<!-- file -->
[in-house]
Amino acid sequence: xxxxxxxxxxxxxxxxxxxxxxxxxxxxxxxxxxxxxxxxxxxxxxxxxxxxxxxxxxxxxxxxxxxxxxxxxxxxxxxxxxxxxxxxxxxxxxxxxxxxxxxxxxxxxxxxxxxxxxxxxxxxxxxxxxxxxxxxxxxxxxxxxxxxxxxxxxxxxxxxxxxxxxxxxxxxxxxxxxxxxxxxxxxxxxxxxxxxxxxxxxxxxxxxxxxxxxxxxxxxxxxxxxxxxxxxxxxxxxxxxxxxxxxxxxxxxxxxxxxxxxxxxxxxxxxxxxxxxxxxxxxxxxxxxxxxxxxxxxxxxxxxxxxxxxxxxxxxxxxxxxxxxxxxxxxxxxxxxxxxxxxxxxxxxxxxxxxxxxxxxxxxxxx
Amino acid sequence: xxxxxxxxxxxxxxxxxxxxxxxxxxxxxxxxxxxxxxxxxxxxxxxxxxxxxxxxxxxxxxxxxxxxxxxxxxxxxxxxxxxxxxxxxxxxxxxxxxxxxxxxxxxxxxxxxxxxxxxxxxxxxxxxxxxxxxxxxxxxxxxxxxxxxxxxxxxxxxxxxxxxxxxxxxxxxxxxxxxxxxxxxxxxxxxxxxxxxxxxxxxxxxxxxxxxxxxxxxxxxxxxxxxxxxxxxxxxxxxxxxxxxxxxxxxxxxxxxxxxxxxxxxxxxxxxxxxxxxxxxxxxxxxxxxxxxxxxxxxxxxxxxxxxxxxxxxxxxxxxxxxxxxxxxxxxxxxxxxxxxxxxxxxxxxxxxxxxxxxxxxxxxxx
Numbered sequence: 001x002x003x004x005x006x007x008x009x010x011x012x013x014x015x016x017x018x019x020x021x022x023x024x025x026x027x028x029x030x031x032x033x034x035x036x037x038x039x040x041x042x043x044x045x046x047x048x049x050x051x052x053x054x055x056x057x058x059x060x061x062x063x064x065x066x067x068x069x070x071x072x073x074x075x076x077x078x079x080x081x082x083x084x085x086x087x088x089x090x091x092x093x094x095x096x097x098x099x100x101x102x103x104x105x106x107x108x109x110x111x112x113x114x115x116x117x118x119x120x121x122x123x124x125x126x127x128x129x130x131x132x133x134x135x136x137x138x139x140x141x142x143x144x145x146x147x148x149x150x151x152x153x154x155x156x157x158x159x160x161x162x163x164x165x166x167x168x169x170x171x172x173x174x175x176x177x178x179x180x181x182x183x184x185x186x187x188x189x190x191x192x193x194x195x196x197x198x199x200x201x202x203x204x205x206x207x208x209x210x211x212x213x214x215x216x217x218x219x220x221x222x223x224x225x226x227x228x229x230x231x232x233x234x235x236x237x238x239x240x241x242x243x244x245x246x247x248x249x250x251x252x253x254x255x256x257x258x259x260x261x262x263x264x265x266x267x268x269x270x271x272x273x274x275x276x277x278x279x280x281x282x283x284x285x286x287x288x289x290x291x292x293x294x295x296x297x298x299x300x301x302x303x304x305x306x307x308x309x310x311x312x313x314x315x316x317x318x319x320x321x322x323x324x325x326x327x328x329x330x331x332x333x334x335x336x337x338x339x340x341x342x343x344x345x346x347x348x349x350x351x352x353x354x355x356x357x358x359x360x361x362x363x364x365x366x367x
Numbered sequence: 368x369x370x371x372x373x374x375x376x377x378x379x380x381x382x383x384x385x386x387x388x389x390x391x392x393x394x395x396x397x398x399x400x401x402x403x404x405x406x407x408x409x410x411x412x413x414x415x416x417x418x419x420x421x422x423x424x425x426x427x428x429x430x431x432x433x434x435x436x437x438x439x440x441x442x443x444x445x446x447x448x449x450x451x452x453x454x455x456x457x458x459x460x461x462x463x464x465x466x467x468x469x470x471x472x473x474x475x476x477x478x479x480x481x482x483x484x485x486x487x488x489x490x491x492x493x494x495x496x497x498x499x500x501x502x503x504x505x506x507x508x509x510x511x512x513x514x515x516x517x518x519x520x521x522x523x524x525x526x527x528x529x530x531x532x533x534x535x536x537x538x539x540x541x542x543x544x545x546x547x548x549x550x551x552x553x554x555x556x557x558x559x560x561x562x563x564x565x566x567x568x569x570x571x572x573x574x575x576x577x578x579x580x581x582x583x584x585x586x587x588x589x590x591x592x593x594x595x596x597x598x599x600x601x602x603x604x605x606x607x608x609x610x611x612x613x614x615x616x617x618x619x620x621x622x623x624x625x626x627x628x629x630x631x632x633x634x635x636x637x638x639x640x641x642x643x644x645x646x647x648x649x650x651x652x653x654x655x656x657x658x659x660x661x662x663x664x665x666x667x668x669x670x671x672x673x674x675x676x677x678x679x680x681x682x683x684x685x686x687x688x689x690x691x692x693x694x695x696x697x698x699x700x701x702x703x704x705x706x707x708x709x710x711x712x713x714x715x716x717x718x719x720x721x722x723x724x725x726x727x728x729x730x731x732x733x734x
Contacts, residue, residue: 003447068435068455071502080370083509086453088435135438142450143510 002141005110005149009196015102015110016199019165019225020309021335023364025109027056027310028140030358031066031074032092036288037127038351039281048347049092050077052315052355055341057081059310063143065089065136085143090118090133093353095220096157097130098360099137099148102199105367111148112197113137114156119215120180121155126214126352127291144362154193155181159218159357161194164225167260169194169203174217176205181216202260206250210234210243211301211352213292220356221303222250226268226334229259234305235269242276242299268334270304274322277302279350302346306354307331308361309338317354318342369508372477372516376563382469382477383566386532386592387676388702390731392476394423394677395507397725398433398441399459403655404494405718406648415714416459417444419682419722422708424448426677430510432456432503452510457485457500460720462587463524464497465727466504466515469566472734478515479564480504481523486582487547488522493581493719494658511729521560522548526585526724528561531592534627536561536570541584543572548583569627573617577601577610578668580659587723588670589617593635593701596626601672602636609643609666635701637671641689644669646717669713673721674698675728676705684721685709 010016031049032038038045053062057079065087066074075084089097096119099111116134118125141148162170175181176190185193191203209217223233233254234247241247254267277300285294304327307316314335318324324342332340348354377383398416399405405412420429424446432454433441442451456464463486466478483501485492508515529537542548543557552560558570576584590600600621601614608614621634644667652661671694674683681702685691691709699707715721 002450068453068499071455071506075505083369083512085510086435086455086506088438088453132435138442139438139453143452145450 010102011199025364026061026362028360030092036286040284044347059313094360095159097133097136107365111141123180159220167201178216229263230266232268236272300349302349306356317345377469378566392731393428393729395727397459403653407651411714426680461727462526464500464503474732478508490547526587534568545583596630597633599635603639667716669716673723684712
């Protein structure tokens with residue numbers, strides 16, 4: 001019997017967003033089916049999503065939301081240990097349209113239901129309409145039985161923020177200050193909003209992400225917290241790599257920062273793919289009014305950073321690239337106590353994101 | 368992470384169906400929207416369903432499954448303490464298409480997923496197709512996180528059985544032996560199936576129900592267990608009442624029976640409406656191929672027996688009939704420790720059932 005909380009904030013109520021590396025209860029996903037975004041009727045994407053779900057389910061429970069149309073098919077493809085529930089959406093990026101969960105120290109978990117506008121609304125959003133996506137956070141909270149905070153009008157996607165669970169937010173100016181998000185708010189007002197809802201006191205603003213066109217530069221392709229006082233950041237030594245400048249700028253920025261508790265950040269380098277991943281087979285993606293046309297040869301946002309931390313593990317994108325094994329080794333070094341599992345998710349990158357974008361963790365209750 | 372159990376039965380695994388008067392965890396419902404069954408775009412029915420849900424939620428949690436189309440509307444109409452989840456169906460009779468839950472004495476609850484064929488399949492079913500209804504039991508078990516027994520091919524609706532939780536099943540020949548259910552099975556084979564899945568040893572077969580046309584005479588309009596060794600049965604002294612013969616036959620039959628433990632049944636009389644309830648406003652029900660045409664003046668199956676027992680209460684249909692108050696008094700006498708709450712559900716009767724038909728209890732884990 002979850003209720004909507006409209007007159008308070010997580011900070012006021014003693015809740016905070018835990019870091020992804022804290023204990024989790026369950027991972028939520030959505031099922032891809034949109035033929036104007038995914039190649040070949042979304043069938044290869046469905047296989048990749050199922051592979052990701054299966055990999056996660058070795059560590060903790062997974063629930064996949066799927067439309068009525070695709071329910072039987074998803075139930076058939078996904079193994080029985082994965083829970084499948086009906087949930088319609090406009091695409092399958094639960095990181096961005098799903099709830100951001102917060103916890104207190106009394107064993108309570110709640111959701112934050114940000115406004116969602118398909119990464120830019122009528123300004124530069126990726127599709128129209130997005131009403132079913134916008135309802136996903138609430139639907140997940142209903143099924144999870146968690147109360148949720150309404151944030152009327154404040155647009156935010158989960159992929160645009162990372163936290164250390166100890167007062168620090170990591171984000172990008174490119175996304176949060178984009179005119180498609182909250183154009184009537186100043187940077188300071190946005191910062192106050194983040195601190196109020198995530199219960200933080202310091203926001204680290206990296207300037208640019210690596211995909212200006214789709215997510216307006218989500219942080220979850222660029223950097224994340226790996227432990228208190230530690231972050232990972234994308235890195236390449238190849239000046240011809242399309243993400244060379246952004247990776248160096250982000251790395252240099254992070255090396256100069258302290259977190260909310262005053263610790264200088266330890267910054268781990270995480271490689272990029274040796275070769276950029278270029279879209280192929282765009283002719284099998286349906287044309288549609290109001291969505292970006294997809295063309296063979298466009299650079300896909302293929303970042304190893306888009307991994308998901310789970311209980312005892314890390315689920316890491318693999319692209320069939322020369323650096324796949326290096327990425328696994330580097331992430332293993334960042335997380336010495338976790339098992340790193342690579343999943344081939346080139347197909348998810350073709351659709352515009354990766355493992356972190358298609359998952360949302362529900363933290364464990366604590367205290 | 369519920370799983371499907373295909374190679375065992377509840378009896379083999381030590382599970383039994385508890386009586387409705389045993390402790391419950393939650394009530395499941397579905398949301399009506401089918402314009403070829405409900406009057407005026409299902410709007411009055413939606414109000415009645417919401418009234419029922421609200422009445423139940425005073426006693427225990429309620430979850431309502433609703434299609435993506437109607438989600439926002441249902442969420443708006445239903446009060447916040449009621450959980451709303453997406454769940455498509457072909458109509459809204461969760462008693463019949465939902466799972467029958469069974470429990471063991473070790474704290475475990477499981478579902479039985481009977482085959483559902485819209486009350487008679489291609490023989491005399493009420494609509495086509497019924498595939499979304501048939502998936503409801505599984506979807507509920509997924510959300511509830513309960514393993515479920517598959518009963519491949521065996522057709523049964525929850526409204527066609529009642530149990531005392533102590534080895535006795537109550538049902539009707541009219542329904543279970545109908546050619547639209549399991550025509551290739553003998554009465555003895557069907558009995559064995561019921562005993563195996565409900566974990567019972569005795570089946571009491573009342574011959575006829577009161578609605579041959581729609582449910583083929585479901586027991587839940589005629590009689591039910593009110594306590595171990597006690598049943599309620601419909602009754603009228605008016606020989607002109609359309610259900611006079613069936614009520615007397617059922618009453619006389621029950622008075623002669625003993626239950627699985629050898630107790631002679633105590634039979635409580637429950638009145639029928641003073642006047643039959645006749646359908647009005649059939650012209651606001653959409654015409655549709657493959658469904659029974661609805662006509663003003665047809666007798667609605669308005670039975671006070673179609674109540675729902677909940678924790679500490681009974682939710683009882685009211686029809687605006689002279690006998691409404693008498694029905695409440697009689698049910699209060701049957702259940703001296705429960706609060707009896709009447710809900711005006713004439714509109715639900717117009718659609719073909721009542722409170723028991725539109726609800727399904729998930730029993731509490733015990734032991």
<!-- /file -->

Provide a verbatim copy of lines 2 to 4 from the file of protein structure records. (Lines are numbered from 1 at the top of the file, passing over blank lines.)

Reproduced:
Amino acid sequence: xxxxxxxxxxxxxxxxxxxxxxxxxxxxxxxxxxxxxxxxxxxxxxxxxxxxxxxxxxxxxxxxxxxxxxxxxxxxxxxxxxxxxxxxxxxxxxxxxxxxxxxxxxxxxxxxxxxxxxxxxxxxxxxxxxxxxxxxxxxxxxxxxxxxxxxxxxxxxxxxxxxxxxxxxxxxxxxxxxxxxxxxxxxxxxxxxxxxxxxxxxxxxxxxxxxxxxxxxxxxxxxxxxxxxxxxxxxxxxxxxxxxxxxxxxxxxxxxxxxxxxxxxxxxxxxxxxxxxxxxxxxxxxxxxxxxxxxxxxxxxxxxxxxxxxxxxxxxxxxxxxxxxxxxxxxxxxxxxxxxxxxxxxxxxxxxxxxxxxxxxxxxxxx
Amino acid sequence: xxxxxxxxxxxxxxxxxxxxxxxxxxxxxxxxxxxxxxxxxxxxxxxxxxxxxxxxxxxxxxxxxxxxxxxxxxxxxxxxxxxxxxxxxxxxxxxxxxxxxxxxxxxxxxxxxxxxxxxxxxxxxxxxxxxxxxxxxxxxxxxxxxxxxxxxxxxxxxxxxxxxxxxxxxxxxxxxxxxxxxxxxxxxxxxxxxxxxxxxxxxxxxxxxxxxxxxxxxxxxxxxxxxxxxxxxxxxxxxxxxxxxxxxxxxxxxxxxxxxxxxxxxxxxxxxxxxxxxxxxxxxxxxxxxxxxxxxxxxxxxxxxxxxxxxxxxxxxxxxxxxxxxxxxxxxxxxxxxxxxxxxxxxxxxxxxxxxxxxxxxxxxxx
Numbered sequence: 001x002x003x004x005x006x007x008x009x010x011x012x013x014x015x016x017x018x019x020x021x022x023x024x025x026x027x028x029x030x031x032x033x034x035x036x037x038x039x040x041x042x043x044x045x046x047x048x049x050x051x052x053x054x055x056x057x058x059x060x061x062x063x064x065x066x067x068x069x070x071x072x073x074x075x076x077x078x079x080x081x082x083x084x085x086x087x088x089x090x091x092x093x094x095x096x097x098x099x100x101x102x103x104x105x106x107x108x109x110x111x112x113x114x115x116x117x118x119x120x121x122x123x124x125x126x127x128x129x130x131x132x133x134x135x136x137x138x139x140x141x142x143x144x145x146x147x148x149x150x151x152x153x154x155x156x157x158x159x160x161x162x163x164x165x166x167x168x169x170x171x172x173x174x175x176x177x178x179x180x181x182x183x184x185x186x187x188x189x190x191x192x193x194x195x196x197x198x199x200x201x202x203x204x205x206x207x208x209x210x211x212x213x214x215x216x217x218x219x220x221x222x223x224x225x226x227x228x229x230x231x232x233x234x235x236x237x238x239x240x241x242x243x244x245x246x247x248x249x250x251x252x253x254x255x256x257x258x259x260x261x262x263x264x265x266x267x268x269x270x271x272x273x274x275x276x277x278x279x280x281x282x283x284x285x286x287x288x289x290x291x292x293x294x295x296x297x298x299x300x301x302x303x304x305x306x307x308x309x310x311x312x313x314x315x316x317x318x319x320x321x322x323x324x325x326x327x328x329x330x331x332x333x334x335x336x337x338x339x340x341x342x343x344x345x346x347x348x349x350x351x352x353x354x355x356x357x358x359x360x361x362x363x364x365x366x367x